Buckshaw’s Potato Chips

Buckshaw's Potato Chips

Label for Buckshaw’s Potato Chips, which were commonly sold to Heilwood schoolchildren in the early 1940s.

1946 yearbook ad for Buckshaw's chips.

1946 yearbook ad for Buckshaw’s chips.

Many Heilwood schoolchildren in the 1940s enjoyed the unique lunchtime experience of buying freshly made potato chips in waxed paper bags from the Robert Buckshaw family, who lived directly across from the elementary school.

The process to make the potato chips was rather simple. The potatoes were hand-scrubbed, peeled, and then sliced – one potato at a time – on a hand-powered mechanical slicer.* Once sliced, the chips were placed into a large mesh basket and immersed in a metal kettle filled with oil heated by bottled gas. After cooking, the basket was removed from the kettle and the chips dumped onto a wire rack to dry (also, to enable the excess cooking oil to drain back into the kettle).**

Once dried, the chips were placed into waxed paper bags, which were weighed on a scale so that each sealed, five-cent bag held 3/4 of an ounce.  At the conclusion of each day, the Buckshaws would take the oil from the kettle and strain it through a fine mesh screen to eliminate any contaminates. This entire operation was conducted within the confines of a small, wooden framed building – no larger than 10’ x 12’ – in the right rear corner of the Buckshaw property.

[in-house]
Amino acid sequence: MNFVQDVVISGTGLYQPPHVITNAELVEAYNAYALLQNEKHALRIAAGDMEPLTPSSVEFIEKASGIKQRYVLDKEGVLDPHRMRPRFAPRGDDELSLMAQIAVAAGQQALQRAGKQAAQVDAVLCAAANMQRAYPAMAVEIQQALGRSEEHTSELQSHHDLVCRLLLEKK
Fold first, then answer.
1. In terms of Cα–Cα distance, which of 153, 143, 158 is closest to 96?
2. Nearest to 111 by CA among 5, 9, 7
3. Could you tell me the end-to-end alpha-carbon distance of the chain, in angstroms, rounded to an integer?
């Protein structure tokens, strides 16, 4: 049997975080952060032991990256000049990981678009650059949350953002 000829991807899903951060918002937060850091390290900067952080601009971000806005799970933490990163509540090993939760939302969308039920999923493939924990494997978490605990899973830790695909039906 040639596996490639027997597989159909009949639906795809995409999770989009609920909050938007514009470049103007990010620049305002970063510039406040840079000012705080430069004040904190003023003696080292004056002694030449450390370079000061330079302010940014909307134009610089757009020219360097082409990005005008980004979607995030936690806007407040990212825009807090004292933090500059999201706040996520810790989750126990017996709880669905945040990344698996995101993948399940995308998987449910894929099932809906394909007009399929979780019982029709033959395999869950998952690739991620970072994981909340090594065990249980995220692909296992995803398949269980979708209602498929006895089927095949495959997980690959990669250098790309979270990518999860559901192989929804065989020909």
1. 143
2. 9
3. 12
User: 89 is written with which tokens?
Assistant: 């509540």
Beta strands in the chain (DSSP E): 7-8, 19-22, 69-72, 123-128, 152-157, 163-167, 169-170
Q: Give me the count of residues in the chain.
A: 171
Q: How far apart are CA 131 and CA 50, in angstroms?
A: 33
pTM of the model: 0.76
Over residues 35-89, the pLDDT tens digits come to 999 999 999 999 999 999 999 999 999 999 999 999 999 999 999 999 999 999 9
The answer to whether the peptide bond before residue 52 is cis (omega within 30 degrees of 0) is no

According to interviews with long-time Heilwood residents, the chips were sold at lunchtime to schoolchildren during the week and were also available in the evenings to customers who stopped by the house. The chips were also sold at high school basketball games, the company store, and given out on Halloween night to trick-or-treaters who visited the Buckshaw house.

In addition to local distribution, Buckshaw would load up his 1941 Nash automobile several times a week with multiple boxes of potato chips and make deliveries to area stores in Alverda, Nicktown, Spangler, and Strongstown. On occasion, Buckshaw was assisted in his deliveries by a Heilwood youth.

Memories vary on whether there were bags larger than the five-cent size – there may have also been bags ranging in size and price up to 25 cents!

*At times, Heilwood-area youths would volunteer to assist in the potato chip making process, undoubtedly hoping to receive some of the chips as payment.**The potato chips were probably deep-fried in lard, which would account for several interviewees stating that; “the chips tasted great but they were a little greasy”.